After discussing all the candidates – my boss and I heavily disagreed on who should be hired.

The person who was given the job, wasn’t necessarily a bad teacher. However, he turned up forty-five minutes late for his interview – if that is not a red flag, it is hard to say what is. He purely got the job based on appearance and age.

Her explanation for choosing him was that she prefers younger staff to older people with experience, as they’re ‘easier to train’ – whatever that means. Obviously, I thought her reasoning was stupid. However, as you will soon realise – discrimination goes on to play a huge role in my departure.

I was obviously a bit deflated – I felt like I had just been completely wasting my time. However, it’s her school and they now had their teacher. I was happy to just go back to doing what I was paid to do, and leave the business side of things to her from that point.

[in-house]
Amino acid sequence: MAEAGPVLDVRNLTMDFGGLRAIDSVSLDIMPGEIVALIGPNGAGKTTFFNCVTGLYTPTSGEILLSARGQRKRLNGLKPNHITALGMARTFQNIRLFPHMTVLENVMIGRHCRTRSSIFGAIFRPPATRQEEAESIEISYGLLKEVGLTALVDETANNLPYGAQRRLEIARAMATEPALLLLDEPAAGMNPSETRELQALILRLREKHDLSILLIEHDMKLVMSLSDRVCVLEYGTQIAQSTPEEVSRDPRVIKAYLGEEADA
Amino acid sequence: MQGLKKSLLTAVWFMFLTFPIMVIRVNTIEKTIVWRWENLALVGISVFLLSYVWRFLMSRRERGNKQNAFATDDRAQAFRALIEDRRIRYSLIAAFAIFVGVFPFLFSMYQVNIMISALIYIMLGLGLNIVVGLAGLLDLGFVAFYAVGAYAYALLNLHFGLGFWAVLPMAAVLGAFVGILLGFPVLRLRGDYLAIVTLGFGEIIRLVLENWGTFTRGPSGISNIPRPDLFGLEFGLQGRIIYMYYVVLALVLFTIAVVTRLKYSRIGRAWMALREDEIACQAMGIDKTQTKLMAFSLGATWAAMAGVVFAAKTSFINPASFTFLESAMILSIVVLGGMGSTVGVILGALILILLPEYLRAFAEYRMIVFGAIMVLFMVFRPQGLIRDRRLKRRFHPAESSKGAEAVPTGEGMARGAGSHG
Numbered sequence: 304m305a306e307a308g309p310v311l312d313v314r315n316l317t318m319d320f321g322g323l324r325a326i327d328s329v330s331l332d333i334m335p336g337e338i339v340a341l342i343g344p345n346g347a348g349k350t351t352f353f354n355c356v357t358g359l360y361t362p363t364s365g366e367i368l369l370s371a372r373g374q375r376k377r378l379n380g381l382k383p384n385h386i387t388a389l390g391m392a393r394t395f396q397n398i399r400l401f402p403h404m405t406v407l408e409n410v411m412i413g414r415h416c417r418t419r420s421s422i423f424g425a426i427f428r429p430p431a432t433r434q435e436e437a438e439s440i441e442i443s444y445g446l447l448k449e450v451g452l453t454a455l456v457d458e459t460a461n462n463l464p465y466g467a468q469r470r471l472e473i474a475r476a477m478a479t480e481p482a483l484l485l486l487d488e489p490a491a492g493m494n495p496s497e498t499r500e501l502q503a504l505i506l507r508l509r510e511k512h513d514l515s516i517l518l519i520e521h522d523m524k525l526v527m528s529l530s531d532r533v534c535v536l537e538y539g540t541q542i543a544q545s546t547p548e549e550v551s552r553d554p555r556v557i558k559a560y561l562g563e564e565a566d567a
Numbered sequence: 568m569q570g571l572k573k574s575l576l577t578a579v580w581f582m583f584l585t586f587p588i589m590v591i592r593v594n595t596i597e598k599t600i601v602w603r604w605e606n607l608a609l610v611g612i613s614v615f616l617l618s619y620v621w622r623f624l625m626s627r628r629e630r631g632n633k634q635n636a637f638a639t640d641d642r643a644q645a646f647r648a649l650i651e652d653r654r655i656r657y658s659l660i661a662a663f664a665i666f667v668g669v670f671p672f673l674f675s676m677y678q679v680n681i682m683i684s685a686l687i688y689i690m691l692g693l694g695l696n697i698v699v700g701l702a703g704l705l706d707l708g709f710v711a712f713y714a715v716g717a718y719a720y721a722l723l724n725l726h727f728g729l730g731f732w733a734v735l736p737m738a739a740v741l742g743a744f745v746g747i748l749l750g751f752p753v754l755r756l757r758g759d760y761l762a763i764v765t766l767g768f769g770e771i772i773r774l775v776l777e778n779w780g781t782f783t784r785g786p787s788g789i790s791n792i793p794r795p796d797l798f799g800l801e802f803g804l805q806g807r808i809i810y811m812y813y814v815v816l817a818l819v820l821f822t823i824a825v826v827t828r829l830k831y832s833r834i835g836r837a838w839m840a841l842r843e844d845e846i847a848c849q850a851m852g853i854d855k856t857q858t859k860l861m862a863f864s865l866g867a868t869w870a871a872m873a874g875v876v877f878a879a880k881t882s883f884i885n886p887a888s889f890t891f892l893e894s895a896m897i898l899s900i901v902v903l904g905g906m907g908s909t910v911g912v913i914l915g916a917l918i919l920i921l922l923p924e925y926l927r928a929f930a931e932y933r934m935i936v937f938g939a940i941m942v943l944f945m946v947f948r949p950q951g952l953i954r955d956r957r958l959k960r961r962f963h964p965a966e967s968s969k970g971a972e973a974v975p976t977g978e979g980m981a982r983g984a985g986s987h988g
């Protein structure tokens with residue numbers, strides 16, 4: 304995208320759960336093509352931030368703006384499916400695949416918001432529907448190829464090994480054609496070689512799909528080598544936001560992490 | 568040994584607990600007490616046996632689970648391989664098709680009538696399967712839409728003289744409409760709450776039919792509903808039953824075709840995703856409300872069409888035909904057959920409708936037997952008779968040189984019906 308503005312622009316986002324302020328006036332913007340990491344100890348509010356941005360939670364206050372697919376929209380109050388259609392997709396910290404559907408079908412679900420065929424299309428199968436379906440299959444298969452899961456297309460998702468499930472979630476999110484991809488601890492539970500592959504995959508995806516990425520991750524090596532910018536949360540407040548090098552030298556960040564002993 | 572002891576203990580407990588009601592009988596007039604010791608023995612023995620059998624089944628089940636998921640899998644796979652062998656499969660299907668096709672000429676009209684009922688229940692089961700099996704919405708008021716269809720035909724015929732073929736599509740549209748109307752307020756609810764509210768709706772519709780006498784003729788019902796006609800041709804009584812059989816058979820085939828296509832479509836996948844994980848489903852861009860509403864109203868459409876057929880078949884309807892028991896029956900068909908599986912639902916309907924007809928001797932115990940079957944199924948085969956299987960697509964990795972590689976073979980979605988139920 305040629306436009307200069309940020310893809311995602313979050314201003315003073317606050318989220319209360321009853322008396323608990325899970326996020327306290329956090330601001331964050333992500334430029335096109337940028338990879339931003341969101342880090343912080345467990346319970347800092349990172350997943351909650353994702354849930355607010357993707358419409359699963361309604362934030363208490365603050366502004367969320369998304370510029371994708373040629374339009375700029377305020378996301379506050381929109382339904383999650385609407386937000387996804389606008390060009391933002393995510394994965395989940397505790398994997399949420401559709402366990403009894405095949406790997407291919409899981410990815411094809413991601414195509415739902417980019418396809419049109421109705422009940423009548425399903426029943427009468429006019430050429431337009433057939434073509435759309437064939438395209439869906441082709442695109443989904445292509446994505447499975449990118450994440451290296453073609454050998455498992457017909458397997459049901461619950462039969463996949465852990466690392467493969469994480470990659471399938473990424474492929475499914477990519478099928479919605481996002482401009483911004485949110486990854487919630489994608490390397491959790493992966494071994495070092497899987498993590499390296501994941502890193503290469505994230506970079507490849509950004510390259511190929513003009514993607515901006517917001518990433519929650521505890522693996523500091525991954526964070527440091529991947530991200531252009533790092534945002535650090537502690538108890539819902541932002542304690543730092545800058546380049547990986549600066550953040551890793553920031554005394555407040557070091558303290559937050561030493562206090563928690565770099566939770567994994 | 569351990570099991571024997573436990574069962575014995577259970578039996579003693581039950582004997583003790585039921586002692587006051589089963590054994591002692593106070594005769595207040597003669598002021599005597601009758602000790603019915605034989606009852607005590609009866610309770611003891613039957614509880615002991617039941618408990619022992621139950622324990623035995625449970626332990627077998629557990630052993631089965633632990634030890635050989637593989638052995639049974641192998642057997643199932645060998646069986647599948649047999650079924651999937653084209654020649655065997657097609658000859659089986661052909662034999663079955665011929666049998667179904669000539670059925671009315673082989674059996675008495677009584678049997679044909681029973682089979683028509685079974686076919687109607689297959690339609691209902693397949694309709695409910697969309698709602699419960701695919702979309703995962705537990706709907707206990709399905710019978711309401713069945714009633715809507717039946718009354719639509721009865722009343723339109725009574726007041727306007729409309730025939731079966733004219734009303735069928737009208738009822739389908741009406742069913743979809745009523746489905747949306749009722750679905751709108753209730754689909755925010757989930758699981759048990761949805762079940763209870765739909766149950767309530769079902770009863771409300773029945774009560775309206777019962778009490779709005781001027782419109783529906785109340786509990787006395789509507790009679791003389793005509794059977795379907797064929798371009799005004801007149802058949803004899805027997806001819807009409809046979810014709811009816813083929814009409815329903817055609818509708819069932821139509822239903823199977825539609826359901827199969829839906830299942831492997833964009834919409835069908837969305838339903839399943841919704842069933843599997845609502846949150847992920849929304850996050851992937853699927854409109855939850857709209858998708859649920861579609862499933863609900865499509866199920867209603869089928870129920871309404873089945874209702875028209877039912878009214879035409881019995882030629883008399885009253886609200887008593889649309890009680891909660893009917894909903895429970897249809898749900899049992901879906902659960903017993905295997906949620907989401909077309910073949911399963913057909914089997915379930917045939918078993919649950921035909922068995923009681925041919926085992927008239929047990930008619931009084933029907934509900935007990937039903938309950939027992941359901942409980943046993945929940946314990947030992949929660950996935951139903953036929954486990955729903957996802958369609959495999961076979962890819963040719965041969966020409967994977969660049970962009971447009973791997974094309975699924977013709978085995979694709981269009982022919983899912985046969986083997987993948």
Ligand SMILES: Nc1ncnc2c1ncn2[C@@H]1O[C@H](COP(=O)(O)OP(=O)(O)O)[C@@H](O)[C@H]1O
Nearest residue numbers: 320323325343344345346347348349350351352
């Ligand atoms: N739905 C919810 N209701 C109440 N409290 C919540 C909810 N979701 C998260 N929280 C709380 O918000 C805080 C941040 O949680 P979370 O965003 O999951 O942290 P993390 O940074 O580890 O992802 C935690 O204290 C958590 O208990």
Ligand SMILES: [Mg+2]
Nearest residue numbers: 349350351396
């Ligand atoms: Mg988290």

Mr Reliable accepted the job offer, and frankly, he seemed like a nice guy – it was too early to pass judgement on his teaching ability, but things weren’t looking as bad as I previously thought.

*From this point onward my former boss will be referred to as ‘Jerry’, the new co-worker becomes ‘Tom’, and the school is ‘Looney Tunes’ – simply to prevent any potential backlash (mostly for myself).*

Fast forward: two weeks.

I received a text from my former co-worker (the person Tom replaced) on the early hours of a Monday morning, asking if I had heard the news.

He was being a little bit cryptic, before revealing that newspapers were stating that Tom had been accused of murder. I’m a guy that usually likes to start my Mondays out quite slowly and build my energy up as the week goes on – but as you can imagine, it is hard to remain lethargic when such dramatic news appears alongside your alarm clock.